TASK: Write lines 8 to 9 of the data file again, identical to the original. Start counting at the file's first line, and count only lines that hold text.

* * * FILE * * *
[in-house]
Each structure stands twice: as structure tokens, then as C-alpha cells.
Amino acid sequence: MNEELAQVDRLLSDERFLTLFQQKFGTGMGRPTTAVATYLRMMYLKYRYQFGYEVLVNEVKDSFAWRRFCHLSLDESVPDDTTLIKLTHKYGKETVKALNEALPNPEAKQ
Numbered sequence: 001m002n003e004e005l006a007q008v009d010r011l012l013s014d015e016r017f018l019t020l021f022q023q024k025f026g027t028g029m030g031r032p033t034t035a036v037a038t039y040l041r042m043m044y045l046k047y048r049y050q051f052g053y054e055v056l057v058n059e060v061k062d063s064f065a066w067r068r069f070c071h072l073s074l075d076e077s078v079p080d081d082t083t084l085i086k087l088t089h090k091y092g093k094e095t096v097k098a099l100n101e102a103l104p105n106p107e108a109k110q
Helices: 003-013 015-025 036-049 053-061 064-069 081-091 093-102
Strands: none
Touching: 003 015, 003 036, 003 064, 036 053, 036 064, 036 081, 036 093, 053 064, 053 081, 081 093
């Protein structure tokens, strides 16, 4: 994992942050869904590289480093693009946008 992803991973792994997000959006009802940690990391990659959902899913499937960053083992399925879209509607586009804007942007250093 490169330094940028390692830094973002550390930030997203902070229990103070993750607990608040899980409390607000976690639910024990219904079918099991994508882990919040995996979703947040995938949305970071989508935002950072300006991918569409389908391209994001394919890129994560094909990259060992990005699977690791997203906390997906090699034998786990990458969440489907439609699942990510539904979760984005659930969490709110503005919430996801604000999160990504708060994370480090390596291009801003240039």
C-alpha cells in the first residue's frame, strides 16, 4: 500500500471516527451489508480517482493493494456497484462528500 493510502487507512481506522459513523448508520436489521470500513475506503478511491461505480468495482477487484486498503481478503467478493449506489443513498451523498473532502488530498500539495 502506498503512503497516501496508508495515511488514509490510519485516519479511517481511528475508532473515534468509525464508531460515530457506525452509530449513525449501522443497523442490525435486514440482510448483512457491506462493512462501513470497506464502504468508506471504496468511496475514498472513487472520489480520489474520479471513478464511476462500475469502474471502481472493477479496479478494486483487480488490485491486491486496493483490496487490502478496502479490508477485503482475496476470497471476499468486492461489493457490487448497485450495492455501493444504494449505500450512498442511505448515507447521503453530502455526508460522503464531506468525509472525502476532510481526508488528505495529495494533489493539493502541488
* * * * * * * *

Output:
């Protein structure tokens, strides 16, 4: 994992942050869904590289480093693009946008 992803991973792994997000959006009802940690990391990659959902899913499937960053083992399925879209509607586009804007942007250093 490169330094940028390692830094973002550390930030997203902070229990103070993750607990608040899980409390607000976690639910024990219904079918099991994508882990919040995996979703947040995938949305970071989508935002950072300006991918569409389908391209994001394919890129994560094909990259060992990005699977690791997203906390997906090699034998786990990458969440489907439609699942990510539904979760984005659930969490709110503005919430996801604000999160990504708060994370480090390596291009801003240039």
C-alpha cells in the first residue's frame, strides 16, 4: 500500500471516527451489508480517482493493494456497484462528500 493510502487507512481506522459513523448508520436489521470500513475506503478511491461505480468495482477487484486498503481478503467478493449506489443513498451523498473532502488530498500539495 502506498503512503497516501496508508495515511488514509490510519485516519479511517481511528475508532473515534468509525464508531460515530457506525452509530449513525449501522443497523442490525435486514440482510448483512457491506462493512462501513470497506464502504468508506471504496468511496475514498472513487472520489480520489474520479471513478464511476462500475469502474471502481472493477479496479478494486483487480488490485491486491486496493483490496487490502478496502479490508477485503482475496476470497471476499468486492461489493457490487448497485450495492455501493444504494449505500450512498442511505448515507447521503453530502455526508460522503464531506468525509472525502476532510481526508488528505495529495494533489493539493502541488